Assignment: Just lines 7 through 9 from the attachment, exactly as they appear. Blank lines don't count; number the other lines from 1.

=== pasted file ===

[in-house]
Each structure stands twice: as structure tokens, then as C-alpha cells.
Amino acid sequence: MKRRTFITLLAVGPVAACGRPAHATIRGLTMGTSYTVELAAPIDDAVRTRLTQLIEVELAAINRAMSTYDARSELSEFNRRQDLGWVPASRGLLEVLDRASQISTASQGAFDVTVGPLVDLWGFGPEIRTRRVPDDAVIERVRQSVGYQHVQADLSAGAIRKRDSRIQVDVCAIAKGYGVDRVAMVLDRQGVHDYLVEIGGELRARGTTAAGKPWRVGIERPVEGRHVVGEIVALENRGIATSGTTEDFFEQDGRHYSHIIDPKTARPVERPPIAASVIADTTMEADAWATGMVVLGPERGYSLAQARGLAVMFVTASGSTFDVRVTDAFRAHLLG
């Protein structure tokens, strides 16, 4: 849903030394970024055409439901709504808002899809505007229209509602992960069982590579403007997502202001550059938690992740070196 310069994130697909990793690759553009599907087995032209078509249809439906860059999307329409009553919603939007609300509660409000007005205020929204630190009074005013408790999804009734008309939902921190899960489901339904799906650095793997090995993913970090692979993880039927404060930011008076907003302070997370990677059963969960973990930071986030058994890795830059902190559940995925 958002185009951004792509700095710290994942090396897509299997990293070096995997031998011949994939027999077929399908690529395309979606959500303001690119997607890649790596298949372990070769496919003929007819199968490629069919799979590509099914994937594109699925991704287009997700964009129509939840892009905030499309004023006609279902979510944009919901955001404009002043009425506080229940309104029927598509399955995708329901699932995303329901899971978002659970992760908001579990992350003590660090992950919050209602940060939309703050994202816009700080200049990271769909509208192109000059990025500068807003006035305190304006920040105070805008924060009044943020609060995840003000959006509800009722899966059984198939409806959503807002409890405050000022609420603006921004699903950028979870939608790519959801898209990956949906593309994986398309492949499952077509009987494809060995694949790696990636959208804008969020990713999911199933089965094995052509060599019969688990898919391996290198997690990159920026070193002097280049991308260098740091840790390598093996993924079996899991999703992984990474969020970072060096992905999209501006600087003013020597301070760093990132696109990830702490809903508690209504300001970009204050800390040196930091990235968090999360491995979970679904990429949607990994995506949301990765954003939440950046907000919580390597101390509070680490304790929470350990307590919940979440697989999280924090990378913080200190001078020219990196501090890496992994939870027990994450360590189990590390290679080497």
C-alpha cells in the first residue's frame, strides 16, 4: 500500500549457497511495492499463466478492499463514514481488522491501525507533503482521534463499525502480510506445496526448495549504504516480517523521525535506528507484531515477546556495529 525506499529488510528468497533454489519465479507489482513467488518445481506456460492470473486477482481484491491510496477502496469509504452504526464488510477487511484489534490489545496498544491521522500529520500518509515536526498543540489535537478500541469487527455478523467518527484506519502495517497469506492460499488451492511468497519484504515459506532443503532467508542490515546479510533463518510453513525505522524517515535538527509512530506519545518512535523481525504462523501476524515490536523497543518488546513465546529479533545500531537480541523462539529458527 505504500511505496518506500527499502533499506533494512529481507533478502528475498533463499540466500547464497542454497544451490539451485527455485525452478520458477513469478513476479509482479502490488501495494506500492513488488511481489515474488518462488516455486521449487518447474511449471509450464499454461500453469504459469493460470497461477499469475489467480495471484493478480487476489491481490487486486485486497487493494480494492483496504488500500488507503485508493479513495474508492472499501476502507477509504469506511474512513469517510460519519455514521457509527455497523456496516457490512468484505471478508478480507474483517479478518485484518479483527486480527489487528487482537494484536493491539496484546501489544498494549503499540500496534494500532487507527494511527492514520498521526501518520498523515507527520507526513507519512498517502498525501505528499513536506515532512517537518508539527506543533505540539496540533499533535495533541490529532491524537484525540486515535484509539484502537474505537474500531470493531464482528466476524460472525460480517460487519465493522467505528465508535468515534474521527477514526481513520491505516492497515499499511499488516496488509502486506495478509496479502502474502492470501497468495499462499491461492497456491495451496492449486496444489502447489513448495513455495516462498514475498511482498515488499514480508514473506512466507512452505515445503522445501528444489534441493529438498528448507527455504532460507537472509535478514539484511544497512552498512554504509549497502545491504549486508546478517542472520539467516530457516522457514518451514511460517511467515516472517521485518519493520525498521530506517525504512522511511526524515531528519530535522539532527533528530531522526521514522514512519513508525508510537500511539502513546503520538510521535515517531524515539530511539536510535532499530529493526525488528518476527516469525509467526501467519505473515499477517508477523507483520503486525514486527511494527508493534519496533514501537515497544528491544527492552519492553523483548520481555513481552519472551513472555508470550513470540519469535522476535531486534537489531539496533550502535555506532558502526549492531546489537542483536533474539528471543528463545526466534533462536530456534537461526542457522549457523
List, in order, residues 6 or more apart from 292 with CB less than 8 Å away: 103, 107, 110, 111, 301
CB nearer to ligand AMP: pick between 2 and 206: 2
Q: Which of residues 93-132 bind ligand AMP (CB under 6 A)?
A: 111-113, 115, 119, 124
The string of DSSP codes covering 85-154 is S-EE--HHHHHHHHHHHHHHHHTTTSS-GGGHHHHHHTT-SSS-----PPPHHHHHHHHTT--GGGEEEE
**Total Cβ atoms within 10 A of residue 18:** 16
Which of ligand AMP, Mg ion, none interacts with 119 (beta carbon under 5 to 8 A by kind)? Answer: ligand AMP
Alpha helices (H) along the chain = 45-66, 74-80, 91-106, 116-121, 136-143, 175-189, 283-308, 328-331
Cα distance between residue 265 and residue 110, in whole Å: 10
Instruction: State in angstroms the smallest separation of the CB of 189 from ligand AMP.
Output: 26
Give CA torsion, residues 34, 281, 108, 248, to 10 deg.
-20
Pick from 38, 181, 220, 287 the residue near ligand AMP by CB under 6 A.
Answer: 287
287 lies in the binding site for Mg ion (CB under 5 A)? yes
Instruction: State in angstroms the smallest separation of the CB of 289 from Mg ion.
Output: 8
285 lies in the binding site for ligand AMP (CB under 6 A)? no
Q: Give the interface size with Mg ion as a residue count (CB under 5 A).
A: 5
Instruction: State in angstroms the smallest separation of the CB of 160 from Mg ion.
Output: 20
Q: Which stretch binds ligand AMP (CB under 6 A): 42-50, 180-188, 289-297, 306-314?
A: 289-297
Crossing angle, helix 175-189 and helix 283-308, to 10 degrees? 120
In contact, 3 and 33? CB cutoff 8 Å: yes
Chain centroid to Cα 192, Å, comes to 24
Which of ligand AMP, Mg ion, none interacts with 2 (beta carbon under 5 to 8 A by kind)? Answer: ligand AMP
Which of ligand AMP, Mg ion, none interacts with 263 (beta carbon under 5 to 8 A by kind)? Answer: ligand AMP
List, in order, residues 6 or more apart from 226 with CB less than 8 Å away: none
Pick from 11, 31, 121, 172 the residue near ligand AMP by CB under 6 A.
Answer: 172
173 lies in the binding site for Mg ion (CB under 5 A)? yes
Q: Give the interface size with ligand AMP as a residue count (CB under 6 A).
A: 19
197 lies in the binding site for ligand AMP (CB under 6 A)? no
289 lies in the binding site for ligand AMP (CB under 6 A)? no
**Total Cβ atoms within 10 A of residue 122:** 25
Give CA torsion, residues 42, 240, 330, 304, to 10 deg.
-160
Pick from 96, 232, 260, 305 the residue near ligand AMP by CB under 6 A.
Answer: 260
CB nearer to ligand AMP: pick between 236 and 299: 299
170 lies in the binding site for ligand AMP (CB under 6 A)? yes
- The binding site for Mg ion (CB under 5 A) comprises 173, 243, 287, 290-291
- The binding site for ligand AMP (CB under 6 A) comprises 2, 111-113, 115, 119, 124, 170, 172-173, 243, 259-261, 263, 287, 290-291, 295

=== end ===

CB nearer to ligand AMP: pick between 2 and 206: 2
Q: Which of residues 93-132 bind ligand AMP (CB under 6 A)?
A: 111-113, 115, 119, 124